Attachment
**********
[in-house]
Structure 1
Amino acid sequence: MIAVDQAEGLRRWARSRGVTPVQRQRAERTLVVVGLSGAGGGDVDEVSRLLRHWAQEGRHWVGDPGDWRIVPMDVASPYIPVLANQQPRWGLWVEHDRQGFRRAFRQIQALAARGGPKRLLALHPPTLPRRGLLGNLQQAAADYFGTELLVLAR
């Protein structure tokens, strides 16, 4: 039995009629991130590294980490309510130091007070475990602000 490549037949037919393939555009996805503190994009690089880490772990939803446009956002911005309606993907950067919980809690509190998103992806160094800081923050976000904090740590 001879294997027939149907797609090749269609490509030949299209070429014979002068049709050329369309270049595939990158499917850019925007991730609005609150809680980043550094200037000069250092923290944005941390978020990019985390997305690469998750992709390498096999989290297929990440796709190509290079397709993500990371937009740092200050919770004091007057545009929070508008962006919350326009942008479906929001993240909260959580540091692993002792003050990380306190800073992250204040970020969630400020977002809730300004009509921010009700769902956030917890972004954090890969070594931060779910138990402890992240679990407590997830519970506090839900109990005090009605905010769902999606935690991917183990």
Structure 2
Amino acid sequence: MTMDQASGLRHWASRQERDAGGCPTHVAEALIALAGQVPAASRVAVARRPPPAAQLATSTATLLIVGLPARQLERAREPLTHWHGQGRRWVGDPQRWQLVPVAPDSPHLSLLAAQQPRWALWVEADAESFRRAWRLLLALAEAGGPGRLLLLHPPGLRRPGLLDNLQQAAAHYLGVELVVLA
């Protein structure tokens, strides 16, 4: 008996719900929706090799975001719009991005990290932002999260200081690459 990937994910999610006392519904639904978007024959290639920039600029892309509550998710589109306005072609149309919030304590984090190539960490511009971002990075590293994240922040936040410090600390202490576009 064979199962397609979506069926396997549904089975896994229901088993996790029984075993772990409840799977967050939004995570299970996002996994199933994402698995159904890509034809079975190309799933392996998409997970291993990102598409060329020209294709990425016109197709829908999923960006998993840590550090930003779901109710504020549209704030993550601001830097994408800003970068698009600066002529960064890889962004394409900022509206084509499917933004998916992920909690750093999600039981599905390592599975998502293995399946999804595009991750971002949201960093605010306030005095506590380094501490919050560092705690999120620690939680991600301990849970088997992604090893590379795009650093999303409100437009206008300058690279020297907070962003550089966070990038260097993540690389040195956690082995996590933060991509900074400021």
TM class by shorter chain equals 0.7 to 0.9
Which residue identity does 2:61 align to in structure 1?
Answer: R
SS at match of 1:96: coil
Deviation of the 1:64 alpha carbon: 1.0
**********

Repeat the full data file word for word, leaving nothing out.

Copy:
[in-house]
Structure 1
Amino acid sequence: MIAVDQAEGLRRWARSRGVTPVQRQRAERTLVVVGLSGAGGGDVDEVSRLLRHWAQEGRHWVGDPGDWRIVPMDVASPYIPVLANQQPRWGLWVEHDRQGFRRAFRQIQALAARGGPKRLLALHPPTLPRRGLLGNLQQAAADYFGTELLVLAR
């Protein structure tokens, strides 16, 4: 039995009629991130590294980490309510130091007070475990602000 490549037949037919393939555009996805503190994009690089880490772990939803446009956002911005309606993907950067919980809690509190998103992806160094800081923050976000904090740590 001879294997027939149907797609090749269609490509030949299209070429014979002068049709050329369309270049595939990158499917850019925007991730609005609150809680980043550094200037000069250092923290944005941390978020990019985390997305690469998750992709390498096999989290297929990440796709190509290079397709993500990371937009740092200050919770004091007057545009929070508008962006919350326009942008479906929001993240909260959580540091692993002792003050990380306190800073992250204040970020969630400020977002809730300004009509921010009700769902956030917890972004954090890969070594931060779910138990402890992240679990407590997830519970506090839900109990005090009605905010769902999606935690991917183990």
Structure 2
Amino acid sequence: MTMDQASGLRHWASRQERDAGGCPTHVAEALIALAGQVPAASRVAVARRPPPAAQLATSTATLLIVGLPARQLERAREPLTHWHGQGRRWVGDPQRWQLVPVAPDSPHLSLLAAQQPRWALWVEADAESFRRAWRLLLALAEAGGPGRLLLLHPPGLRRPGLLDNLQQAAAHYLGVELVVLA
């Protein structure tokens, strides 16, 4: 008996719900929706090799975001719009991005990290932002999260200081690459 990937994910999610006392519904639904978007024959290639920039600029892309509550998710589109306005072609149309919030304590984090190539960490511009971002990075590293994240922040936040410090600390202490576009 064979199962397609979506069926396997549904089975896994229901088993996790029984075993772990409840799977967050939004995570299970996002996994199933994402698995159904890509034809079975190309799933392996998409997970291993990102598409060329020209294709990425016109197709829908999923960006998993840590550090930003779901109710504020549209704030993550601001830097994408800003970068698009600066002529960064890889962004394409900022509206084509499917933004998916992920909690750093999600039981599905390592599975998502293995399946999804595009991750971002949201960093605010306030005095506590380094501490919050560092705690999120620690939680991600301990849970088997992604090893590379795009650093999303409100437009206008300058690279020297907070962003550089966070990038260097993540690389040195956690082995996590933060991509900074400021």
TM class by shorter chain equals 0.7 to 0.9
Which residue identity does 2:61 align to in structure 1?
Answer: R
SS at match of 1:96: coil
Deviation of the 1:64 alpha carbon: 1.0